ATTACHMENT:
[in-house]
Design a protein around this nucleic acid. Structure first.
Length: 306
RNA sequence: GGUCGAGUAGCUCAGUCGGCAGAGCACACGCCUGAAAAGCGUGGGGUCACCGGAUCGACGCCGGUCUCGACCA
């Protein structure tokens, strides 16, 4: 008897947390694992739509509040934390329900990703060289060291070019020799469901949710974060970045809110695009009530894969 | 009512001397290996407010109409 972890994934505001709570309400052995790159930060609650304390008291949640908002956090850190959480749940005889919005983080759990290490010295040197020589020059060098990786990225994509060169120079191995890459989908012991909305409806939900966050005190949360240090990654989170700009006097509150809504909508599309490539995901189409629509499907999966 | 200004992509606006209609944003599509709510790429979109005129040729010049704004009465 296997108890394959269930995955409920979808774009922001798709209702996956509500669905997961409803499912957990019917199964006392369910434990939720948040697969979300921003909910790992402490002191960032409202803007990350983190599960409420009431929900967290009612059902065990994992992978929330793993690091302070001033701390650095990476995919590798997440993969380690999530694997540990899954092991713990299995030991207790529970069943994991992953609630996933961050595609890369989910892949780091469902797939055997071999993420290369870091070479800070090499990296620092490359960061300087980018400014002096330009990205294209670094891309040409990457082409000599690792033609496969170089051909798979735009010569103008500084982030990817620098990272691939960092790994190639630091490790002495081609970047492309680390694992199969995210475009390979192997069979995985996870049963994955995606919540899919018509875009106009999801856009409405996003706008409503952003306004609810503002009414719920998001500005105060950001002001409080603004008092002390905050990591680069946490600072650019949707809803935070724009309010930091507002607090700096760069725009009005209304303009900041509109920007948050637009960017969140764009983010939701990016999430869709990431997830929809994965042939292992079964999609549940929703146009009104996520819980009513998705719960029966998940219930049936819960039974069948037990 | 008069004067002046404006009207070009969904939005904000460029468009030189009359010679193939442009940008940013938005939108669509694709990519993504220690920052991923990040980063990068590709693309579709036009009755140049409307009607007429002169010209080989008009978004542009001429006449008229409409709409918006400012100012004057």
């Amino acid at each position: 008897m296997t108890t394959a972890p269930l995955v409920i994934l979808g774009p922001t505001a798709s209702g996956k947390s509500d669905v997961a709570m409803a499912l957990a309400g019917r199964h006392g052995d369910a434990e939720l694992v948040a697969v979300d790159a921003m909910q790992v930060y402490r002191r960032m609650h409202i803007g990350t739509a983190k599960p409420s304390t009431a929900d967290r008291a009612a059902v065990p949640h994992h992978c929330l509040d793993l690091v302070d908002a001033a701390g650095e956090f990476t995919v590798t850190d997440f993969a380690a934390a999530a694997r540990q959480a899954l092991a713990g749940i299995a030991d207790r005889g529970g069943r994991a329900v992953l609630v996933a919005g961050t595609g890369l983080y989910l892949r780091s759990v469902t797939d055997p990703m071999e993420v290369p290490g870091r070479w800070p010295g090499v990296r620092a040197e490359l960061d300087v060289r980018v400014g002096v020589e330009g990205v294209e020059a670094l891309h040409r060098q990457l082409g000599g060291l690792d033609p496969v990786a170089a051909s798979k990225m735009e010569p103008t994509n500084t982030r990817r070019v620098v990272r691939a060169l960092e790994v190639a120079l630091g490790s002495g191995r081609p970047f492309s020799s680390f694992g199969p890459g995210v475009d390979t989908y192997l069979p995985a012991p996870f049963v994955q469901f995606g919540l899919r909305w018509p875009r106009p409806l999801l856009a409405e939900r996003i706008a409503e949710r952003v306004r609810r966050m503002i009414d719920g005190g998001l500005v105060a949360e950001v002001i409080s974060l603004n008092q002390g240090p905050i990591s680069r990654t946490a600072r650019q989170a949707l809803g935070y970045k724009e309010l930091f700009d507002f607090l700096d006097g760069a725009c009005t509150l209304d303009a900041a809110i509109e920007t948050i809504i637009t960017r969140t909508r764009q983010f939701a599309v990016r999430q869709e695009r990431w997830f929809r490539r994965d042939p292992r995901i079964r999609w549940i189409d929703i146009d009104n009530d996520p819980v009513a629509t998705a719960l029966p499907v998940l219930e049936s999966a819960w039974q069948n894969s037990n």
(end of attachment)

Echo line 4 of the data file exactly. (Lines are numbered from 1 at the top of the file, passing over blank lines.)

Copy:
RNA sequence: GGUCGAGUAGCUCAGUCGGCAGAGCACACGCCUGAAAAGCGUGGGGUCACCGGAUCGACGCCGGUCUCGACCA